I experienced some small glitches with the Software GUI program when applying updates, but I don’t normally use it so I’m not sure if it’s just beta issues or not. As the default install is more sparse than usual, you’ll find yourself needing to install the apps you use. I really like this approach, it keeps the base system smaller and cleaner.
While Fedora provides their own Firefox package in Flatpak format (which is great) Mozilla also just recently started publishing their official package to Flathub. So, to install that, we simply add the Flathub as a repository and install away!
flatpak remote-add flathub https://flathub.org/repo/flathub.flatpakrepo flatpak update flatpak install org.mozilla.firefox
After install, Firefox should appears as a regular app inside GNOME.
If you need to revert to an earlier version of a Flatpak (which I did when I was testing out Firefox beta), you can fetch the remote log for the app, then update to a specific commit.
flatpak remote-info --log flathub-beta org.mozilla.firefox//beta flatpak update \ --commit 908489d0a77aaa8f03ca8699b489975b4b75d4470ce9bac92e56c7d089a4a869 \ org.mozilla.firefox//beta
Replacing system packages
If you have installed a Flatpak, like Firefox, and no-longer want to use the RPM version included in the base OS, you can use
rpm-ostree to override it.
rpm-ostree override remove firefox
After a reboot, you will only see your Flatpak version.
I upgraded from 31 to the 32 beta, which was very fast by comparison to regular Fedora (because it just needs to download the new base image) and pretty seamless.
The only hiccup I had was needing to remove RPMFusion 31 release RPMs first, upgrade the base to 32, then install the RPMFusion 32 release RPMs. After that, I did an update for good measure.
rpm-ostree uninstall rpmfusion-nonfree-release rpmfusion-free-release rpm-ostree rebase fedora:fedora/32/x86_64/silverblue rpm-ostree install \ https://download1.rpmfusion.org/free/fedora/rpmfusion-free-release-32.noarch.rpm \ https://download1.rpmfusion.org/nonfree/fedora/rpmfusion-nonfree-release-32.noarch.rpm systemctl reboot
Then post reboot, I did a manual update of the system.
You can see the current status of your system with the rpm-ostree command.
On my system you can see the
ostree I’m using, the commit as well as both layered and local packages.
State: idle AutomaticUpdates: disabled Deployments: ● ostree://fedora:fedora/32/x86_64/silverblue Version: 32.20200410.n.0 (2020-04-10T08:35:30Z) BaseCommit: d809af7c4f170a2175ffa1374827dd55e923209aec4a7fb4dfc7b87cd6c110c9 GPGSignature: Valid signature by 97A1AE57C3A2372CCA3A4ABA6C13026D12C944D0 LayeredPackages: akmod-nvidia git gstreamer1-libav ipmitool libva-utils libva-vdpau-driver libvirt pass powertop screen tcpdump tmux vim virt-manager xorg-x11-drv-nvidia-cuda LocalPackages: rpmfusion-free-release-32-0.3.noarch rpmfusion-nonfree-release-32-0.4.noarch ostree://fedora:fedora/32/x86_64/silverblue Version: 32.20200410.n.0 (2020-04-10T08:35:30Z) BaseCommit: d809af7c4f170a2175ffa1374827dd55e923209aec4a7fb4dfc7b87cd6c110c9 GPGSignature: Valid signature by 97A1AE57C3A2372CCA3A4ABA6C13026D12C944D0 LayeredPackages: akmod-nvidia git gstreamer1-libav ipmitool libva-utils libva-vdpau-driver libvirt pass powertop screen tcpdump tmux vim virt-manager xorg-x11-drv-nvidia-cuda LocalPackages: rpmfusion-free-release-32-0.3.noarch rpmfusion-nonfree-release-32-0.4.noarch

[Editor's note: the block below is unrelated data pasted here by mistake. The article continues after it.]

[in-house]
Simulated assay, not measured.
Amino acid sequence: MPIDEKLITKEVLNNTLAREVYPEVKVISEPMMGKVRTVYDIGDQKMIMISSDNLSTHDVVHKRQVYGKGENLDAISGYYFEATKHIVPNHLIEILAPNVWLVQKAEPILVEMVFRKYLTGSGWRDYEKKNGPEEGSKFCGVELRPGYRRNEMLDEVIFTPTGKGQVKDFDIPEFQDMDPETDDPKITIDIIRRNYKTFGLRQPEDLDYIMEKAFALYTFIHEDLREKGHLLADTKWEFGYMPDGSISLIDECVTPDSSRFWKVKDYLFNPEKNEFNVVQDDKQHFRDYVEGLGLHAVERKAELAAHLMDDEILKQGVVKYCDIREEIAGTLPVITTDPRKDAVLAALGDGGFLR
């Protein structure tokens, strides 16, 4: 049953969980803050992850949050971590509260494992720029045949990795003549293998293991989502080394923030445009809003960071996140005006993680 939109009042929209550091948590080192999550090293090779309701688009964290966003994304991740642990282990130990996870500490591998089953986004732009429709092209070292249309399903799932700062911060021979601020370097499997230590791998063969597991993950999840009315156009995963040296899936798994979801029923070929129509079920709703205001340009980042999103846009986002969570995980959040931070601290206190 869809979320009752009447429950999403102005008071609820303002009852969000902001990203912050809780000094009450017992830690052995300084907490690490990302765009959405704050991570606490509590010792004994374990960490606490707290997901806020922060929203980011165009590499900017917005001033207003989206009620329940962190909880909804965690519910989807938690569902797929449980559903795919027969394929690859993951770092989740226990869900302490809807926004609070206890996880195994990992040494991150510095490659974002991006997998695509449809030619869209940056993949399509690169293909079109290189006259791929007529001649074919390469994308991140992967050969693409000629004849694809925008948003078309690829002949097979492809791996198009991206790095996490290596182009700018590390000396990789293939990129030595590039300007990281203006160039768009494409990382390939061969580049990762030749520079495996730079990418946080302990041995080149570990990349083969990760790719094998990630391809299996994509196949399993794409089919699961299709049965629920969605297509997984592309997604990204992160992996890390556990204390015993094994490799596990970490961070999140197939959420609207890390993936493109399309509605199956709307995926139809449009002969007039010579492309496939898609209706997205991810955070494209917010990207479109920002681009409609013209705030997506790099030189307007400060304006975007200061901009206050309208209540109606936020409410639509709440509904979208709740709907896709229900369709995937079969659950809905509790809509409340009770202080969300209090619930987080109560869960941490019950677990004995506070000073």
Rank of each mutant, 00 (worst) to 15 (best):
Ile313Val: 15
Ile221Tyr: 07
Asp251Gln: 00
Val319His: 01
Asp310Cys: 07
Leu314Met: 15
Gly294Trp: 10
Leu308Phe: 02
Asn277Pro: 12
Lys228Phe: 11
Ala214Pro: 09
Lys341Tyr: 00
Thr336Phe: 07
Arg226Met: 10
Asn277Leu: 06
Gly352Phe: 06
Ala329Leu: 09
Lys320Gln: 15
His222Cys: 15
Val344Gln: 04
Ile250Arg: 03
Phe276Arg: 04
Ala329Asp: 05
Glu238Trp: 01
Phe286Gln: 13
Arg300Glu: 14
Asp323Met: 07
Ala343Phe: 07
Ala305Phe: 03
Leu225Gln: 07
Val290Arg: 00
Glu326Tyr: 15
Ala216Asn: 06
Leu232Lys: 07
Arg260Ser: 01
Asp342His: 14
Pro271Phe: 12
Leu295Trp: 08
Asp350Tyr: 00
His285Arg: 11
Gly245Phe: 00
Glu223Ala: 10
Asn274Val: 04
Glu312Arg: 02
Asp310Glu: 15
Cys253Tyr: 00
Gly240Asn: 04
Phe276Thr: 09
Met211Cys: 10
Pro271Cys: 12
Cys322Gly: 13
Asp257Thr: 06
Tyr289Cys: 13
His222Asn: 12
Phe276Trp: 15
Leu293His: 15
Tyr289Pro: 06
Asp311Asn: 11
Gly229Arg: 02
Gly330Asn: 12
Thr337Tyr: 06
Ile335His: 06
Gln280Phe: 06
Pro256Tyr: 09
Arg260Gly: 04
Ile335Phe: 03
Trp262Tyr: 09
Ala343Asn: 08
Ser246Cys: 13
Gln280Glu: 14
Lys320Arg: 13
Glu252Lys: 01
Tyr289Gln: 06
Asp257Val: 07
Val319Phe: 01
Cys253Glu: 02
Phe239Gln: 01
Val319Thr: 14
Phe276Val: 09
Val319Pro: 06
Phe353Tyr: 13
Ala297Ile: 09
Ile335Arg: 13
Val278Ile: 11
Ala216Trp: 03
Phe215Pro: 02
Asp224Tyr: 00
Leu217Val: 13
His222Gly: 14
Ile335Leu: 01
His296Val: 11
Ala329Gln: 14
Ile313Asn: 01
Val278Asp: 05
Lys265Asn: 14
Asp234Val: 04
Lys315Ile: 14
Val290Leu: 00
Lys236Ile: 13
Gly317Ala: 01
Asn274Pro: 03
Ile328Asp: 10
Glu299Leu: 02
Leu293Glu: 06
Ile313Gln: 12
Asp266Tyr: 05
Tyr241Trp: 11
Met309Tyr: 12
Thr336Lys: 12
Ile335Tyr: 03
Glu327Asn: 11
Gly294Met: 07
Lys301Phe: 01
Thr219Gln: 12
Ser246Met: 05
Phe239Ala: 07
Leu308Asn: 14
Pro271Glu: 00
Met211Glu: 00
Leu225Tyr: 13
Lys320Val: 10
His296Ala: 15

To revert to the previous version temporarily, simply select it from the
grub boot menu and you’ll go back in time. If you want to make this permanent, you can rollback to the previous state instead and then just reboot.
Silverblue is really impressive and works well. I will continue to use it as my daily driver and see how it goes over time.
I have run into a couple of issues, mostly around using the Software GUI (which I don’t normally use). Mostly these were things like it listing updates for Flatpaks which were not actually there fore update, and when you tied to update it didn’t do anything.
If you hit issues, you can try clearing out the Software data and loading the program again.
pkill gnome-software rm -rf ~/.cache/gnome-software
If you need to, you can also clean out and refresh the
rpm-ostree cache and do an update.
rpm-ostree cleanup -m rpm-ostree update
To repair and update Flatpaks, if you need to.
flatpak repair flatpak update
dnf on the host terminal a little easier with aliases.
Accessing USB serial devices on the host and in a toolbox container.